From the editor: May 09, 2014

Rembrandt Painting
The Return of the Prodigal Son
by Rembrandt

Not the Perfect
Mom or Dad?

To be honest, my very positive appreciation of the new film Irreplaceable came as a bit of a surprise. I saw the film this week at a local theater. It will be back May 15, I believe.

I think what struck me the most was its avoidance of idealizing the family and its eventual confrontation of some of the brokenness most of us experience or witness.

Indeed, many of the greeting card messages you will find for Father's Day or Mother's Day talk about the perfect dad or the perfect mom. We know that our parents are not perfect and also that we are not perfect sons and daughters or siblings, and we are not perfect parents to our children. And, many times, very far from perfect.

What Irreplaceable points to, especially through the personal story that emerges from the making of the documentary, is the need for redemption, and the desire for reconciliation so poignantly expressed in our Lord's Parable of the Prodigal Son, which is really about the Father and His love for all. The viewing of Rembrandt's The Return of the Prodigal Son by the narrator, Tim Sisarich, was quite moving to me.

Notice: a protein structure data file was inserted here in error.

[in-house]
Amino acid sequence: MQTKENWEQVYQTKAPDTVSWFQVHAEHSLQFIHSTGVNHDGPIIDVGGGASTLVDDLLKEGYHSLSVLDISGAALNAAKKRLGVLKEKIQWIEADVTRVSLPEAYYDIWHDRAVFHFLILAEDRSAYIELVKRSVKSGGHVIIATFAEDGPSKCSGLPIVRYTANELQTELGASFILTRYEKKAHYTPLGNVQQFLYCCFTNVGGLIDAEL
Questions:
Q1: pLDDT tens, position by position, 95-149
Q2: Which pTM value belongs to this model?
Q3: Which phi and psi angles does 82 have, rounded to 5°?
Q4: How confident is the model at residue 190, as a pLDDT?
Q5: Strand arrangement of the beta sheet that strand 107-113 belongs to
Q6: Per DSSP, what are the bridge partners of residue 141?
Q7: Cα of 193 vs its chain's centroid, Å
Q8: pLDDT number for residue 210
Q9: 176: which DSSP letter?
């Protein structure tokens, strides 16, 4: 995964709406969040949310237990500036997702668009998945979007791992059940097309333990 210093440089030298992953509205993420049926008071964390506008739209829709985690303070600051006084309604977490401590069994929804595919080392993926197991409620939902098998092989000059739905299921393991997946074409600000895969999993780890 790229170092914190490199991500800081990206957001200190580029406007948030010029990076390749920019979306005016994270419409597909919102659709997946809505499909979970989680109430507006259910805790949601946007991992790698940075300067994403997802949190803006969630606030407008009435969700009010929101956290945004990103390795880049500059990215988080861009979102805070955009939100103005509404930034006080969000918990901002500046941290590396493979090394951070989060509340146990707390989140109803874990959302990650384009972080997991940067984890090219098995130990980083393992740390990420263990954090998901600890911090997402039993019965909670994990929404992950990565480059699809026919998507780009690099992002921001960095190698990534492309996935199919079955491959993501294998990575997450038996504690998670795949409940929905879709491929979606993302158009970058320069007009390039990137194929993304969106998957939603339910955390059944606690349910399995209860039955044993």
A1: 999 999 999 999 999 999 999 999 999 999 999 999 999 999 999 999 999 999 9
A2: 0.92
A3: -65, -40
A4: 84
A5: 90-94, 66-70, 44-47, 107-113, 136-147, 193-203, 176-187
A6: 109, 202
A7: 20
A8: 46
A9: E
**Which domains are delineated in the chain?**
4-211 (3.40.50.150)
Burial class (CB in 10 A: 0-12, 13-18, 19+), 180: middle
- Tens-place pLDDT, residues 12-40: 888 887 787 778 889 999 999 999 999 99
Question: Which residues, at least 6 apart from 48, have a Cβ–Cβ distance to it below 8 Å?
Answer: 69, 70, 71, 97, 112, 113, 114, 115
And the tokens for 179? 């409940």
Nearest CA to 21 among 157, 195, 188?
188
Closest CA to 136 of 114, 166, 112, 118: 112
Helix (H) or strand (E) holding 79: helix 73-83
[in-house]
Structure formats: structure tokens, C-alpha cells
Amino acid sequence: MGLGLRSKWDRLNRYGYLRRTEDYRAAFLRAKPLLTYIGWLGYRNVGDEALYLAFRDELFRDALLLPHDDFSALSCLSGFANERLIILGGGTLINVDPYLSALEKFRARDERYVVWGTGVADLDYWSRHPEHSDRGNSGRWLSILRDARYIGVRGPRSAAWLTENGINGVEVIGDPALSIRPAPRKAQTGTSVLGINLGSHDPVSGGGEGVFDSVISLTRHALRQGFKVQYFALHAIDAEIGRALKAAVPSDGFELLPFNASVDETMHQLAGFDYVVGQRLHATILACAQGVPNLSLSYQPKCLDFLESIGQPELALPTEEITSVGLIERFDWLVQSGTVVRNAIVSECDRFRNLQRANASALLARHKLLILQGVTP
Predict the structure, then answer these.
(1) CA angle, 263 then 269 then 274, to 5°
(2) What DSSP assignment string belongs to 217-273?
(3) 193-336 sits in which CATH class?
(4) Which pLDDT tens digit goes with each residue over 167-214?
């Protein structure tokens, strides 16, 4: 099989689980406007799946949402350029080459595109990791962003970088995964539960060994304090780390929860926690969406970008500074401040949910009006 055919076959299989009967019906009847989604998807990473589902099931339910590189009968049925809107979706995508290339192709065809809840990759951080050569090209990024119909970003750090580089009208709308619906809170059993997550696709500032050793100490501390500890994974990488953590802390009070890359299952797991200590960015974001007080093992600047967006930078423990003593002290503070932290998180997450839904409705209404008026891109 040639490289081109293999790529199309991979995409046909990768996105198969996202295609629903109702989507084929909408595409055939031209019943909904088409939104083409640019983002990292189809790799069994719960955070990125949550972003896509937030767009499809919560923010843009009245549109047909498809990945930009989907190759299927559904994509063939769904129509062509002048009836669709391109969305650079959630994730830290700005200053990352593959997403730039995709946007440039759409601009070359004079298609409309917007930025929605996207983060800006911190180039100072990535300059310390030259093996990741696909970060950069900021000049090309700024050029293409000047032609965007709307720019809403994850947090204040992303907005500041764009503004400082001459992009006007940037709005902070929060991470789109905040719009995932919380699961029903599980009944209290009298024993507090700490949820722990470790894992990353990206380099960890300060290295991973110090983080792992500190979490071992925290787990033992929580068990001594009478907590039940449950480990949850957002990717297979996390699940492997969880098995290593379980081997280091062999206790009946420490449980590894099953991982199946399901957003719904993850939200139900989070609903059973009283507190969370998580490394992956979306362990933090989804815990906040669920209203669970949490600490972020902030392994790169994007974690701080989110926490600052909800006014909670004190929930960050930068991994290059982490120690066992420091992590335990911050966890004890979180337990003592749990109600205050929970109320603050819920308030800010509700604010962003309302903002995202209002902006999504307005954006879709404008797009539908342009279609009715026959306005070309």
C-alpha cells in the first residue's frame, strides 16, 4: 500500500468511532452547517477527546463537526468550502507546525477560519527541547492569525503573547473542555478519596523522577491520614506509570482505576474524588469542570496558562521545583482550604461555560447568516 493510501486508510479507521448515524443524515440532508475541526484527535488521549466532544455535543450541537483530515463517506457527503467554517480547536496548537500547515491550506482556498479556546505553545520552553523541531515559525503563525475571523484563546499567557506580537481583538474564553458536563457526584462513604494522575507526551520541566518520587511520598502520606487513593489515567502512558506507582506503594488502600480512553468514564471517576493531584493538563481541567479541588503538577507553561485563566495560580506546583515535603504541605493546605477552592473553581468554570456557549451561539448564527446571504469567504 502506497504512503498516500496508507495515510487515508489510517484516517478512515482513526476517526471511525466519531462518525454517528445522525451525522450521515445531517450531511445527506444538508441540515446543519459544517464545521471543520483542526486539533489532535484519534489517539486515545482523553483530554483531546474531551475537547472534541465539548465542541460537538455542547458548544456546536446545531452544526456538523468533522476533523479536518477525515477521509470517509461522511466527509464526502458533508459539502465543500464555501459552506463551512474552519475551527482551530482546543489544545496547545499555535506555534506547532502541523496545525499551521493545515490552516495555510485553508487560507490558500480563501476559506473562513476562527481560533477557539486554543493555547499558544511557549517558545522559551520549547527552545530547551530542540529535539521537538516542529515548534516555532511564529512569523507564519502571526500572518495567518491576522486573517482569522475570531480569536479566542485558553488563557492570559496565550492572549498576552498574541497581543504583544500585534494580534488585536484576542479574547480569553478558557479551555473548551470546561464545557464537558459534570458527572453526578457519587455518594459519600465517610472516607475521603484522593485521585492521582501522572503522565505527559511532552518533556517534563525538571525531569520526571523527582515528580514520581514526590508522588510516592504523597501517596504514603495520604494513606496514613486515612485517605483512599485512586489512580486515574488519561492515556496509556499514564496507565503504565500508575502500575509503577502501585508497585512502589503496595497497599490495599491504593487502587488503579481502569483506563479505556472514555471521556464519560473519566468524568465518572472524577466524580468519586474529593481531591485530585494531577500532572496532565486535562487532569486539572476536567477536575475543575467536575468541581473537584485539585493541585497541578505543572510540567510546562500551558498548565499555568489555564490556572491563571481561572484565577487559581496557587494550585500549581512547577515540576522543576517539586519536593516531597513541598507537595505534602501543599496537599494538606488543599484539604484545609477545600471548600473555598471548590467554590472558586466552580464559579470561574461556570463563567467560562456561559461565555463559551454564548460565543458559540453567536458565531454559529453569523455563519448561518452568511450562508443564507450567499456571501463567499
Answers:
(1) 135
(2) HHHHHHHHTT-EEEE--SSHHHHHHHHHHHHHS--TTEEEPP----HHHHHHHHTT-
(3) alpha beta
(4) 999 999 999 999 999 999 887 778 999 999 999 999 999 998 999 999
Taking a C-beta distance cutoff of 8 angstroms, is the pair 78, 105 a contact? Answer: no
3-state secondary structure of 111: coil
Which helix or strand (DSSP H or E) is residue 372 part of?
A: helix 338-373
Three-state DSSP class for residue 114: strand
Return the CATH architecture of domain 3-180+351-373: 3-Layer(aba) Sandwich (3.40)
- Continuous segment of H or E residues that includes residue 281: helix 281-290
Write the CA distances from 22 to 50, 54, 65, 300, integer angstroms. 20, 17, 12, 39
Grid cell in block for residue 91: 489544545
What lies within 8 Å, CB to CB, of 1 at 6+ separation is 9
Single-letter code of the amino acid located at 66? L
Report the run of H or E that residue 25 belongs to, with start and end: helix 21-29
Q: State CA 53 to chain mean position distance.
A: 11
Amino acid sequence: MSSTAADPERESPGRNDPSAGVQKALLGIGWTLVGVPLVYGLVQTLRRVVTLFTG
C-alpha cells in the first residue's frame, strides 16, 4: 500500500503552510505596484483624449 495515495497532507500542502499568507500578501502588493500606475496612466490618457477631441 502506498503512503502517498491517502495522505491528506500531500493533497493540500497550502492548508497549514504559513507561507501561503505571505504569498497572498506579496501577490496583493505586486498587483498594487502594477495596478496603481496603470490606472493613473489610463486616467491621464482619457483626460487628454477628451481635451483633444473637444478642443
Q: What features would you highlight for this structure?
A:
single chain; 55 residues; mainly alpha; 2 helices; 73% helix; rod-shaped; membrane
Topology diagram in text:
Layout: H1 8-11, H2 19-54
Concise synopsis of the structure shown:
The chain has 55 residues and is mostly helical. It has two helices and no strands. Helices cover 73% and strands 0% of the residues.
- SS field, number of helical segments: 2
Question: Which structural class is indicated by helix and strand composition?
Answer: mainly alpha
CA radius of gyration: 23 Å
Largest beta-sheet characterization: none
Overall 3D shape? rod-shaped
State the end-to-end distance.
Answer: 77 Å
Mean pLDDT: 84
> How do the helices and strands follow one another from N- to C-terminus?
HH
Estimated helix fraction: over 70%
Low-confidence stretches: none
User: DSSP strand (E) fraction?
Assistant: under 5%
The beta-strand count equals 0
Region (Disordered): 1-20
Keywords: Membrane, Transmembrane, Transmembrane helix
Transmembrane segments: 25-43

Family tensions and misunderstandings—like trials and temptation—are inevitable in life. Even in the Gospel accounts of Our Lord's life we find flashes of familial anxiety in the story of Jesus at 12 being found in the Temple, the bewilderment (even opposition) of his "brothers," and perhaps his initial response to his Mother at the Wedding of Cana. Yet somehow Grace prevails; our poor water may be turned into Wine when we confess our sins, admit our faults, ask forgiveness, and above all love one another in imitation of the Savior, who shows us the Father's love. There may be no perfect moms or dads, but there is perfect Love, to which we all can repair for healing and inspiration, every day. So inspired, we can truly say, "Thank you, Mom, I love you!"

Yours for Christ, Creed & Culture,
—James M. Kushiner